In article      View Article  PubMed
 
[13]  Liao J, Wang Z, Li Q, Gou Z, Bai Xu, Kang H, et al. CT and MRI features of sclerosing angiomatoid nodular transformation of the spleen: A report of 18 patients with pathologic correlation. Diagnostic and Interventional Imaging 102 (2021) 389-396.
In article      View Article  PubMed
 
[14]  Ong BS, Thomas R. Sclerosing Angiomatoid Nodular Transformation (SANT): A Rare Splenic Tumor and Unusual Cause of Anemia.Am J Case Rep, 2021; 22: e933598 1-7.
In article      View Article
 
[15]  Jin Y, Hu H, Regmi P, Li F, Cheng N. Treatment options for sclerosing angiomatoid nodular transformation of spleen. HPB 2020, 22, 1577-1582.
In article      View Article  PubMed
 
[16]  Weinreb I, Bailey D, Battaglia D,erez-Ordonez B. CD30 and Epstein-Barr virus RNA expression in sclerosing angiomatoid nodular transformation of spleen. Virchows Arch 2007; 451: 73-79.
In article      View Article  PubMed
 
[17]  Yoshii H, Izumi H, Nomi M, Tajiri T, Mukai M, Nomura E, et al. Sclerosing Angiomatoid Nodular Transformation of the Spleen: A Case Report. Tokai J Exp Clin Med 2020; 45(4): 236-242.
In article      
 

Published with license by Science and Education Publishing, Copyright © 2022 Massimo Arcerito, Boris V Shlopov, Rafael Canseco and Thomas H Takei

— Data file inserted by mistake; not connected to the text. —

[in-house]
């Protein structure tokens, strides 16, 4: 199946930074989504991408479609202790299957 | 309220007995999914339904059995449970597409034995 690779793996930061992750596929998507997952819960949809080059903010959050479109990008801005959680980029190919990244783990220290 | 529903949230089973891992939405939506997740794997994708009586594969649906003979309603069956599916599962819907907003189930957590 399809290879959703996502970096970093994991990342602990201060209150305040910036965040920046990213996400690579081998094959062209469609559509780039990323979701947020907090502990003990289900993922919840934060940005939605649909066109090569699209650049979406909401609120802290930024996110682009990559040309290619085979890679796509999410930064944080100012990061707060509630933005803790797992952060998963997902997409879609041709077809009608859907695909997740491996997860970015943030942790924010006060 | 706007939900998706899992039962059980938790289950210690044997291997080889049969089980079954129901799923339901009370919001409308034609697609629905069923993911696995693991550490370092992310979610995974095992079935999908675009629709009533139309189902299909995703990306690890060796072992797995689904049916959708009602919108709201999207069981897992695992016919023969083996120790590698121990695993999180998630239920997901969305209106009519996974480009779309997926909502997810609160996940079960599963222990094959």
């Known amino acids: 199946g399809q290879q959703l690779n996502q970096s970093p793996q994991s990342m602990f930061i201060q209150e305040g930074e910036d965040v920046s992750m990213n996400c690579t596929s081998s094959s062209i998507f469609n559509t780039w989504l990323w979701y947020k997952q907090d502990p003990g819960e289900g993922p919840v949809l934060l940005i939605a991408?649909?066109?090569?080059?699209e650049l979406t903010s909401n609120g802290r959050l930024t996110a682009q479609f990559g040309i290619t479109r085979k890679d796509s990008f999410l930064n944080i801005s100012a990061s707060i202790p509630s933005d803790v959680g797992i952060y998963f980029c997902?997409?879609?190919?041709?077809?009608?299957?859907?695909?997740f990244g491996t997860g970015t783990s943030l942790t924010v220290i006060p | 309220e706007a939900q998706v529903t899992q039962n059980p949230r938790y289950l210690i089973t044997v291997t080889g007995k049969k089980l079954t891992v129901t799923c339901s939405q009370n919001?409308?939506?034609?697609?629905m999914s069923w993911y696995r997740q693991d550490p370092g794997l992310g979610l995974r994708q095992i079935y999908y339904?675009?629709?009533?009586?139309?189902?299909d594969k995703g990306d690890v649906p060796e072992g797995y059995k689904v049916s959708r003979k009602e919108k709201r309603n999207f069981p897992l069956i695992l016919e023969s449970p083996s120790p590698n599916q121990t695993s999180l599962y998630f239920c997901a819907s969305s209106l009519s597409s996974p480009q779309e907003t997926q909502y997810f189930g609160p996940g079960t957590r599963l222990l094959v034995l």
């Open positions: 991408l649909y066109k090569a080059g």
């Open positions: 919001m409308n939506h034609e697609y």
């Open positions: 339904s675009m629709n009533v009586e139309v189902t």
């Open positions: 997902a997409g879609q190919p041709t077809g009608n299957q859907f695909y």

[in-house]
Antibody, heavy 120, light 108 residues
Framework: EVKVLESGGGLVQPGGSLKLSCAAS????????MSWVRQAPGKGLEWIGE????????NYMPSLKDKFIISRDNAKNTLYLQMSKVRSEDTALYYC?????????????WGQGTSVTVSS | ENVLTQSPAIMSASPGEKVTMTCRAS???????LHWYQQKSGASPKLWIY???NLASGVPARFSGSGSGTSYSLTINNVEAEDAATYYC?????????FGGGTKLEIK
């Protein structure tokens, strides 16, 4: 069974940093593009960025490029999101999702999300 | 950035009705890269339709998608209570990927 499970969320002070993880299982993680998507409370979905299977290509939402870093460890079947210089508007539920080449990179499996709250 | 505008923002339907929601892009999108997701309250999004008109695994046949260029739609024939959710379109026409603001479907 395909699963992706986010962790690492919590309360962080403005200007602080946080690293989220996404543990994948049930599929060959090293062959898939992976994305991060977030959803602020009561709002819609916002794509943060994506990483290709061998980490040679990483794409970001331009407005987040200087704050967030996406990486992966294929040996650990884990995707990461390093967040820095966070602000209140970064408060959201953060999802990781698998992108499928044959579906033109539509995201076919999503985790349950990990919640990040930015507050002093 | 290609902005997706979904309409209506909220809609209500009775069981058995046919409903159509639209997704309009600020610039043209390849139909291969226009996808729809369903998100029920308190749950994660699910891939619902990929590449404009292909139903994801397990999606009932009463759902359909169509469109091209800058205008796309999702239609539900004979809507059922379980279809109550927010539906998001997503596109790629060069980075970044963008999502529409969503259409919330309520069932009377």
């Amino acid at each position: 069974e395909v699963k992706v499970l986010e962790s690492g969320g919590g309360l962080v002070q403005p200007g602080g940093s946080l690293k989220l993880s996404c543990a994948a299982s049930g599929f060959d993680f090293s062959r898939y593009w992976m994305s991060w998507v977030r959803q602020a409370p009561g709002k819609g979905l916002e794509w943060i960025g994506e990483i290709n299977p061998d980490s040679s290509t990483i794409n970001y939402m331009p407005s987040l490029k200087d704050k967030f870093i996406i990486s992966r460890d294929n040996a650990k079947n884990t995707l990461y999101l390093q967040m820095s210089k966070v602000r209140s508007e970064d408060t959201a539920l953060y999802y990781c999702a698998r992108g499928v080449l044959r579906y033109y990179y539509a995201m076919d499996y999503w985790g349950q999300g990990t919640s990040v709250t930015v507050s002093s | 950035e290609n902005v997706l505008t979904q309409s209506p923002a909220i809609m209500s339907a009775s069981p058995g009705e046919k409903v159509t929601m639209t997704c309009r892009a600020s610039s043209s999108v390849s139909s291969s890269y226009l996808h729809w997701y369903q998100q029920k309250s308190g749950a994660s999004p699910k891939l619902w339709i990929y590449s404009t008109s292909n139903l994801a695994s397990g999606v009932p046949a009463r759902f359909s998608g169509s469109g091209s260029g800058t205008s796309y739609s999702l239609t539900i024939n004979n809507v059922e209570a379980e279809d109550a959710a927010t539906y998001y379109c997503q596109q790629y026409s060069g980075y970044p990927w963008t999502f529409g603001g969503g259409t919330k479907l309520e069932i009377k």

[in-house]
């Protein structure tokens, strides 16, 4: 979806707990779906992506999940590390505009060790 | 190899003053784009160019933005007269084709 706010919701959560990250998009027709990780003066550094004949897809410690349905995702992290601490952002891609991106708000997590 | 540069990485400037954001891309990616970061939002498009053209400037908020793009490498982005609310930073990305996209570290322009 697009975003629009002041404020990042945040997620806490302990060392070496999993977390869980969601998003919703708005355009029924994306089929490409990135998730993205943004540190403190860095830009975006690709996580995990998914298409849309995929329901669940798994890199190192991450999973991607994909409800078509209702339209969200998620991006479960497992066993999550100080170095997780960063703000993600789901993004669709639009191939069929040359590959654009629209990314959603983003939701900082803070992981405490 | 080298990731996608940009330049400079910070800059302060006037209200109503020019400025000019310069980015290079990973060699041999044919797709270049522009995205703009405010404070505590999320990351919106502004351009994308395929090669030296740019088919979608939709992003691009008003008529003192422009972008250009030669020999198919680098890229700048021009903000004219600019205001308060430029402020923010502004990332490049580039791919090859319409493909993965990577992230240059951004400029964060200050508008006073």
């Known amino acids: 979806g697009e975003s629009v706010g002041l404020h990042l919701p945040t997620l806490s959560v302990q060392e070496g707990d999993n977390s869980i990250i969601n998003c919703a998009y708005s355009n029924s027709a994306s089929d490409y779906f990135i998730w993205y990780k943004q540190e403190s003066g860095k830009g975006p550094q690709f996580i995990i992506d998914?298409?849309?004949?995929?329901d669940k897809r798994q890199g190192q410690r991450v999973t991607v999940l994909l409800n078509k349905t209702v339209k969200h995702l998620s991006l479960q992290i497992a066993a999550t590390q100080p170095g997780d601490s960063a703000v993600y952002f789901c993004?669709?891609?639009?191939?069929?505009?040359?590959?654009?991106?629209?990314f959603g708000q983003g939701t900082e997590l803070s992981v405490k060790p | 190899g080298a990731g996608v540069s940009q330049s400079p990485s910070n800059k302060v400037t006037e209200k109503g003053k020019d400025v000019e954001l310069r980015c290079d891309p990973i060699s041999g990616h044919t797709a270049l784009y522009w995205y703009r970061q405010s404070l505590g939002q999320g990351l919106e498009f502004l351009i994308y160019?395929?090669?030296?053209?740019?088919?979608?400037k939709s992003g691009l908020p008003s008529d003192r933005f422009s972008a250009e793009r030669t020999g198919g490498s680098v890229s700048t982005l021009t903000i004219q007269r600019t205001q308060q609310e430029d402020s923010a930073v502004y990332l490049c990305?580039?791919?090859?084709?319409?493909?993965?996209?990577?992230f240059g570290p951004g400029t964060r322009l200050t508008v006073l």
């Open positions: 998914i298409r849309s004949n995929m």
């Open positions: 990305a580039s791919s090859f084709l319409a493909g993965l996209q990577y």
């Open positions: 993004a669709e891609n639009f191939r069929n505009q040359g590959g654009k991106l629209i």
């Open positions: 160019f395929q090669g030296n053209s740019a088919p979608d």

Creative CommonsThis work is licensed under a Creative Commons Attribution 4.0 International License. To view a copy of this license, visit http://creativecommons.org/licenses/by/4.0/

Cite this article:

Normal Style
Massimo Arcerito, Boris V Shlopov, Rafael Canseco, Thomas H Takei. Robotic Splenectomy for Sclerosing Angiomatoid Nodular Transformation. American Journal of Medical Case Reports. Vol. 10, No. 5, 2022, pp 146-152. http://pubs.sciepub.com/ajmcr/10/5/7
MLA Style
Arcerito, Massimo, et al. "Robotic Splenectomy for Sclerosing Angiomatoid Nodular Transformation." American Journal of Medical Case Reports 10.5 (2022): 146-152.
APA Style
Arcerito, M. , Shlopov, B. V. , Canseco, R. , & Takei, T. H. (2022). Robotic Splenectomy for Sclerosing Angiomatoid Nodular Transformation. American Journal of Medical Case Reports, 10(5), 146-152.
Chicago Style
Arcerito, Massimo, Boris V Shlopov, Rafael Canseco, and Thomas H Takei. "Robotic Splenectomy for Sclerosing Angiomatoid Nodular Transformation." American Journal of Medical Case Reports 10, no. 5 (2022): 146-152.